Nearly 10 years later, he married a customer he met while working at a store in the Back of the Yards neighborhood, but he never looked into becoming a legal resident, said his now ex-wife.
“I don’t think it was important to him,” said Gladys Jenkins, 34, who was married to Ibrahim for about five years until their 2003 divorce.
The lack of documents didn’t pose problems for Ibrahim until last year, when he was admitted to Holy Cross Hospital with weakness in his legs, according to court records.
He was transferred on May 6 to Rush, where doctors determined Ibrahim had dementia.
“I feel dumb because I’m sick,” Ibrahim said through a translator. “I am unable to depend on myself.”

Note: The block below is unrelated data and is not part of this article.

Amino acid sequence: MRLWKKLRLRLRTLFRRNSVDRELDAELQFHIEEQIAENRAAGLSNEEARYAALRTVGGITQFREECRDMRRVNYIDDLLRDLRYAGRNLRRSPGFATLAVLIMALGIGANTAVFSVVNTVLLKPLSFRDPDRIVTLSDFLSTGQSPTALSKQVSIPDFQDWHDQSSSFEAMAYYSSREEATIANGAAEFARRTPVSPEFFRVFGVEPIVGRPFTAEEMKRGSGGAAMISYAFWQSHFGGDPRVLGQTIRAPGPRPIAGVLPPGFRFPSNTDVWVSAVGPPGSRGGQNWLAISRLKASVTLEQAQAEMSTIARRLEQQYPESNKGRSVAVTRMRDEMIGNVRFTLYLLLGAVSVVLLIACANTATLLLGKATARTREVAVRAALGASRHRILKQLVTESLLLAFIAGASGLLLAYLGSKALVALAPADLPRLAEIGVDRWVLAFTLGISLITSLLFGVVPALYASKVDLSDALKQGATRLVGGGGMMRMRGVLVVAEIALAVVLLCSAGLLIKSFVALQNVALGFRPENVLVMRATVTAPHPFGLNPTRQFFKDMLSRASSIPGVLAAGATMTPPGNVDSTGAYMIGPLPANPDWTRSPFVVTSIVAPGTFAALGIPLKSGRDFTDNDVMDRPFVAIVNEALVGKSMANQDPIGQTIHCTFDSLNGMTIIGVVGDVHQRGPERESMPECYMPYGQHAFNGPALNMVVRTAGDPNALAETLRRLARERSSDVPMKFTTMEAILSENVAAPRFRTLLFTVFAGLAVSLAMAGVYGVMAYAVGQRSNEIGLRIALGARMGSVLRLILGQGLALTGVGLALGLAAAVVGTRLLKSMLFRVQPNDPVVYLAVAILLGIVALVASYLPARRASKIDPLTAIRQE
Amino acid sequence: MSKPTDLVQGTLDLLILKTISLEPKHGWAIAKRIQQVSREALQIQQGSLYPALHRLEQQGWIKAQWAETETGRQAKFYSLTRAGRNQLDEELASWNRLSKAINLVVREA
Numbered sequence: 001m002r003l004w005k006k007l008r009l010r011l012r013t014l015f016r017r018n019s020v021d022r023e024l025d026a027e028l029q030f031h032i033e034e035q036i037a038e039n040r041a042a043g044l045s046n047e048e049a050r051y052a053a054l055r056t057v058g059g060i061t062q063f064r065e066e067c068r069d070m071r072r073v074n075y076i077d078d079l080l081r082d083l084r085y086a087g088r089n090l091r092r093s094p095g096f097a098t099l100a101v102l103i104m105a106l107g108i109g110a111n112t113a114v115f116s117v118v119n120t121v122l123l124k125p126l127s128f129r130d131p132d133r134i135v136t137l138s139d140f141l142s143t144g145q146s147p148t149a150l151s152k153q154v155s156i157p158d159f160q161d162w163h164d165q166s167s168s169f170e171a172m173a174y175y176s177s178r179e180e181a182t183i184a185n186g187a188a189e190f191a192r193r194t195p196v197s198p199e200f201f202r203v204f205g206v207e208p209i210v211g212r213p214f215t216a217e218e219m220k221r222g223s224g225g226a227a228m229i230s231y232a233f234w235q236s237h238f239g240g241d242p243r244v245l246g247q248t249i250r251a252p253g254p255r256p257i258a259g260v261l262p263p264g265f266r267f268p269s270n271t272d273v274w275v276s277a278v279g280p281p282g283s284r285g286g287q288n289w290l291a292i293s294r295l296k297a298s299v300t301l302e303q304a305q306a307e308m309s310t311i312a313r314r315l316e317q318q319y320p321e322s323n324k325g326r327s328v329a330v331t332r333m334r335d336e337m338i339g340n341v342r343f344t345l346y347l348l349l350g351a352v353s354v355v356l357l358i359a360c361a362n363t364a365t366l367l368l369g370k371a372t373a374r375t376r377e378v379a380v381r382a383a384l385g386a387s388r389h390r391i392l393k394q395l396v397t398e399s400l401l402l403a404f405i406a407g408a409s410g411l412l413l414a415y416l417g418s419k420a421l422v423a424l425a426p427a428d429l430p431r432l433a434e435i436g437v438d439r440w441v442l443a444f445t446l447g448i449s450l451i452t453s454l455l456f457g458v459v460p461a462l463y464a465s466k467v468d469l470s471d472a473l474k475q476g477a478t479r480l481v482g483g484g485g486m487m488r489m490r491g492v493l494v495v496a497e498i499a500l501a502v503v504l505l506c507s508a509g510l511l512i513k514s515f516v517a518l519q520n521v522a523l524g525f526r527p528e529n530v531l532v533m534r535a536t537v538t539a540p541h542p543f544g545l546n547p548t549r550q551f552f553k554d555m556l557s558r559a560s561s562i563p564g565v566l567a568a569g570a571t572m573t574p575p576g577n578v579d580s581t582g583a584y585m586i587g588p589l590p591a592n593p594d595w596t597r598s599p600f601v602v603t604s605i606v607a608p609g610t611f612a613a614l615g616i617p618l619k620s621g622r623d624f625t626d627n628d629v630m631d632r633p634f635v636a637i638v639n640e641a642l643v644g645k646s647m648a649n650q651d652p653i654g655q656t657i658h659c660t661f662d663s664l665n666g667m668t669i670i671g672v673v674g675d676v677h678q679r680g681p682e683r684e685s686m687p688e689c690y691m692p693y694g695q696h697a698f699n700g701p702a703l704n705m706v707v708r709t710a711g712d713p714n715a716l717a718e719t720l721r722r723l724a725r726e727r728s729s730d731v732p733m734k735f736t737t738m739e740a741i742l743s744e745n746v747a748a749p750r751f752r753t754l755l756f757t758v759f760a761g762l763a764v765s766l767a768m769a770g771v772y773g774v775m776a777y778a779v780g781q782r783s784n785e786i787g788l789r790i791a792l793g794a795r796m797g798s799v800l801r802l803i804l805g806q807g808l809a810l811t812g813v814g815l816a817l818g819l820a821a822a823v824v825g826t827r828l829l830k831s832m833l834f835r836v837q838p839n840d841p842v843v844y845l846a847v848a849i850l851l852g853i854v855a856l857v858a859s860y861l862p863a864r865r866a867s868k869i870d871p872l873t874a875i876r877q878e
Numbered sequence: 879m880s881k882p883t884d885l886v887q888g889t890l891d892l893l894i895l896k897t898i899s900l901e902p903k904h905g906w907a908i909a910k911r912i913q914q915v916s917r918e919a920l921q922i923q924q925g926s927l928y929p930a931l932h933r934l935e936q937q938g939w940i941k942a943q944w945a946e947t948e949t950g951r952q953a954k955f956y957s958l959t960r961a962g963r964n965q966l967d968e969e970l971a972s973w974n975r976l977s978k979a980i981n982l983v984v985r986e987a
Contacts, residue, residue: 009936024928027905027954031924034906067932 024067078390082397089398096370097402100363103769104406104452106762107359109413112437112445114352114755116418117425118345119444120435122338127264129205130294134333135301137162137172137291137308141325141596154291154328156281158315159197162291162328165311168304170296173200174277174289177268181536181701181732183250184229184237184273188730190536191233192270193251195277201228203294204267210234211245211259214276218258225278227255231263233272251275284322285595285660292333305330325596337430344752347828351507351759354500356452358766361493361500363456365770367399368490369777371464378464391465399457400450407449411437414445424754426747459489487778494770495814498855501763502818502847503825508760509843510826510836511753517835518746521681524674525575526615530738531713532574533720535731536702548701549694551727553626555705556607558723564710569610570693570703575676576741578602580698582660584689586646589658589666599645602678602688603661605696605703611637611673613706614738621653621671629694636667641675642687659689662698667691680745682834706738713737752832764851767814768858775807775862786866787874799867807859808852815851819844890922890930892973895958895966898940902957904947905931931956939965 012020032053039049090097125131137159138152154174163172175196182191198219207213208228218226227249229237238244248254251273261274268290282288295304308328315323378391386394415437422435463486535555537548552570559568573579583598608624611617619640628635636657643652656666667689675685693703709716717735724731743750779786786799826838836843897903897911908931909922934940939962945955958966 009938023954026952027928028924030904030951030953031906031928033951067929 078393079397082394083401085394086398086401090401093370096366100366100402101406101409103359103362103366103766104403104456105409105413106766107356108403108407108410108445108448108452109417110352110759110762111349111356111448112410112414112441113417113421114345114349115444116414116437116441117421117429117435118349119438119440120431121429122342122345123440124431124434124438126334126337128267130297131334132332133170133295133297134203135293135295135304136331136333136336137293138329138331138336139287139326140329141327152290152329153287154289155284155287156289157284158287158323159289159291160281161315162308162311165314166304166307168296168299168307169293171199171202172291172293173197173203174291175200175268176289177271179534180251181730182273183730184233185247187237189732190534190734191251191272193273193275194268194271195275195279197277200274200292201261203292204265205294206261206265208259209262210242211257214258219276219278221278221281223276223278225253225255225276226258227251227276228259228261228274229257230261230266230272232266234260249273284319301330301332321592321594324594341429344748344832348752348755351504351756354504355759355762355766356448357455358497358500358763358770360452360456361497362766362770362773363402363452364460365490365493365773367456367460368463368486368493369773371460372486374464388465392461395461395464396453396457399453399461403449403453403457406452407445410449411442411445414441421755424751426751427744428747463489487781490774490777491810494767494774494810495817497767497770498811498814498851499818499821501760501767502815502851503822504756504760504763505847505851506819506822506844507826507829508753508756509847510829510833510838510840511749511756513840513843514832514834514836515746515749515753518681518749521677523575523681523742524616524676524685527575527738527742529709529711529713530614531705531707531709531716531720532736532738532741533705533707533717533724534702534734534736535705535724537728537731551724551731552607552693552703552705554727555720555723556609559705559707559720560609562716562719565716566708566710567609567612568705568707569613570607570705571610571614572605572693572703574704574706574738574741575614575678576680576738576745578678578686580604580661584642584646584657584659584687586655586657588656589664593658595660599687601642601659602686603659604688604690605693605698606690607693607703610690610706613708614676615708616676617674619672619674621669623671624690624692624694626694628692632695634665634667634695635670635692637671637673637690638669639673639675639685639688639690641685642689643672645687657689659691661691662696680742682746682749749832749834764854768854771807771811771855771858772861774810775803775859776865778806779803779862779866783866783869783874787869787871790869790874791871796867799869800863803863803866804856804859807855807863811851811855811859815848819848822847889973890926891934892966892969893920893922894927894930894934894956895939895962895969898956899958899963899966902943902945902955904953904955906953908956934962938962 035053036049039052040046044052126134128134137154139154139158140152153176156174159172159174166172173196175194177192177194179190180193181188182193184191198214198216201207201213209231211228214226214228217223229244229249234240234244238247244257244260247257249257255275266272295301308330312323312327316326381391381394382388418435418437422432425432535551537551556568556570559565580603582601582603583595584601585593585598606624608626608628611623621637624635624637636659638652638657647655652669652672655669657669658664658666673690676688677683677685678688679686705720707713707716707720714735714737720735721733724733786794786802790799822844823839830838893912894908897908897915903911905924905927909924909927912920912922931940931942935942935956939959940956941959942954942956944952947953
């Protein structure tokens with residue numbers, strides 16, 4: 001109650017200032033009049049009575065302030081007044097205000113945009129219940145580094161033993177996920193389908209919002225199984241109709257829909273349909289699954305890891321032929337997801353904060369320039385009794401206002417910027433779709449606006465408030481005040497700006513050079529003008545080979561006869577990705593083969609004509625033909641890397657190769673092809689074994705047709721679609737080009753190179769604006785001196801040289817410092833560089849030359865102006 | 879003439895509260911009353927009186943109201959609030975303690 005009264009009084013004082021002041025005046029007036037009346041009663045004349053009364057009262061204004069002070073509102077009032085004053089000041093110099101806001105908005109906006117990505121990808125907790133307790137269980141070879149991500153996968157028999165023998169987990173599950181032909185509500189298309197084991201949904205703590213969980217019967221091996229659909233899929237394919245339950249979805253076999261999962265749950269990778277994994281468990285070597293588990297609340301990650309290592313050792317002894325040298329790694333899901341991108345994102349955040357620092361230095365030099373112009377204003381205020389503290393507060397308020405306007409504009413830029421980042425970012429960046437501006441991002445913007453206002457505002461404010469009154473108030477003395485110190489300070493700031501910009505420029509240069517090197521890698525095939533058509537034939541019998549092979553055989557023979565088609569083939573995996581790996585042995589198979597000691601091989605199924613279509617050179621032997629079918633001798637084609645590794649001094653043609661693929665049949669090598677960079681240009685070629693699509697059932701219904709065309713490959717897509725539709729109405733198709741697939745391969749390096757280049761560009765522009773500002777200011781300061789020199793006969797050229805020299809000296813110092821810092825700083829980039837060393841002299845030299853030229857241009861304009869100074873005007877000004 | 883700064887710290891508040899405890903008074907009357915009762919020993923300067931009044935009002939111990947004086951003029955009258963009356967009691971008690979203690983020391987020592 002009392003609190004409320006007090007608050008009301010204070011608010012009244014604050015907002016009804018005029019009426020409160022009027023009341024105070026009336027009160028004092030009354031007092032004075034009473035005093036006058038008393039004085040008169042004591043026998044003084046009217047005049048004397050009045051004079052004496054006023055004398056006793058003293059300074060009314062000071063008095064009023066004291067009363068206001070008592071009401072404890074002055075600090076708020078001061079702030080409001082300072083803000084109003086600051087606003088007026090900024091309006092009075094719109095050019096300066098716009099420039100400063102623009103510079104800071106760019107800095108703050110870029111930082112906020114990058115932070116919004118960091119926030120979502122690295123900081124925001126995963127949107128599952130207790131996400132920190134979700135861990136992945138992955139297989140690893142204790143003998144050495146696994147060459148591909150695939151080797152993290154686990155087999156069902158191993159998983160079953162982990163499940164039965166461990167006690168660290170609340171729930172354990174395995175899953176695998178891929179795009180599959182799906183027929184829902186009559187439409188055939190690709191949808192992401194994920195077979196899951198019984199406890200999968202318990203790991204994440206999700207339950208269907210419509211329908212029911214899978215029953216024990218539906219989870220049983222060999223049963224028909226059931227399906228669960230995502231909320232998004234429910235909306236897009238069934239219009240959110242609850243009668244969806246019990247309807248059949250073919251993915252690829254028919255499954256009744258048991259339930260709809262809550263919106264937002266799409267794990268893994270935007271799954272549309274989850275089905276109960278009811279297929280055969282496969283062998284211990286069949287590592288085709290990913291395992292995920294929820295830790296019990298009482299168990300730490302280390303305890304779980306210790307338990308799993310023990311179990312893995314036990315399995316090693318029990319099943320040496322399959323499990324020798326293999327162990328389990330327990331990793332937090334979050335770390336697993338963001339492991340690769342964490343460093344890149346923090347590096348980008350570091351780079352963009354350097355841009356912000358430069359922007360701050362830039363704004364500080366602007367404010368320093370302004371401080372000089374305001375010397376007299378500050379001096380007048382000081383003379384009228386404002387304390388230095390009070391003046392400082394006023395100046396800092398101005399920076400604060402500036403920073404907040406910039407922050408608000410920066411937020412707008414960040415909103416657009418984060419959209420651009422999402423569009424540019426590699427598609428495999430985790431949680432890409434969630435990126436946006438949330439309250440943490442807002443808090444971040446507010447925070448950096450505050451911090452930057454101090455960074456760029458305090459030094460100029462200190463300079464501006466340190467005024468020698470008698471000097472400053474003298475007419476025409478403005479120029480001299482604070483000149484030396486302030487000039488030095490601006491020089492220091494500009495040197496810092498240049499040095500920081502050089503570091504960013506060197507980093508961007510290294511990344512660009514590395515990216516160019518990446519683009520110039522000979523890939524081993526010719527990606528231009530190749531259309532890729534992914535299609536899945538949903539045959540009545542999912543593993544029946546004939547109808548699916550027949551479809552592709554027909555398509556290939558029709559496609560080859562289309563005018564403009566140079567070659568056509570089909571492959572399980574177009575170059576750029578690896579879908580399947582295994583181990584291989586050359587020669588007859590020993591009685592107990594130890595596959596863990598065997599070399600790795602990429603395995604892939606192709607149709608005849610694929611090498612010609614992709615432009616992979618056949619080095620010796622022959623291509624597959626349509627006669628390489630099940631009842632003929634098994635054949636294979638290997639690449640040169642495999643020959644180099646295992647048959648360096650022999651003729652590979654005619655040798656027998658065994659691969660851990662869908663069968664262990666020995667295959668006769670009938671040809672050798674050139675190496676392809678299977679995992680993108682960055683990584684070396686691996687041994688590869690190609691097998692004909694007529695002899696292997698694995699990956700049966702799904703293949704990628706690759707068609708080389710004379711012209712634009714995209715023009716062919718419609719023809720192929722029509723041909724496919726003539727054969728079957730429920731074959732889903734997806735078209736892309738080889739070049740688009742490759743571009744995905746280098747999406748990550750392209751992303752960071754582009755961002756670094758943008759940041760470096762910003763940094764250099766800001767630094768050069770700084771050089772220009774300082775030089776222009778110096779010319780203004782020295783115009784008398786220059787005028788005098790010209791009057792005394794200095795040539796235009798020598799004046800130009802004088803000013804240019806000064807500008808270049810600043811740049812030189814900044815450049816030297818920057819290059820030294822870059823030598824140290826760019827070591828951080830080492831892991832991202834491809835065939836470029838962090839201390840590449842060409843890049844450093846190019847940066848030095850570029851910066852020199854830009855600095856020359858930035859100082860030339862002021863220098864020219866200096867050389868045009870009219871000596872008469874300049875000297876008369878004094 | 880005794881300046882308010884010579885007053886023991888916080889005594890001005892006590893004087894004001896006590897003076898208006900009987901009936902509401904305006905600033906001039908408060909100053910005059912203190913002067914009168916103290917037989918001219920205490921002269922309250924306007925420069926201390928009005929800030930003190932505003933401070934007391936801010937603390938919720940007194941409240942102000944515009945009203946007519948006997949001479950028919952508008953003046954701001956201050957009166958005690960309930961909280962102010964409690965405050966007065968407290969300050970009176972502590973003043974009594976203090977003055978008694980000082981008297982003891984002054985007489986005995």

He does not have insurance and does not qualify for Medicaid because he is not a U.S. citizen. If he were to get a bill for his care, it would total about $800,000, a hospital spokeswoman said. The actual cost to the hospital is closer to $300,000, which the hospital’s charity care fund will cover, she said.
“Yes, there are financial implications, but our commitment is as a healing place for Mr. Ibrahim,” said Sandy McFolling, system director for case management at the hospital.
Tagreed Thalji, 38, the daughter whose wedding Ibrahim came to attend in 1989, said financially and logistically she cannot care for her father at her Chicago Ridge apartment.
Another daughter, Ghada Wassef Ibrahim Abu Rzla, 33, who lives in Amman, Jordan, said she hasn’t seen her father since she was a girl but would care for him.
“He’s my dad. It’s that simple,” she said in a telephone interview. “No matter what happened, no matter how many years it has been, in the end we remain his kids. We will take care of him. That’s his right.”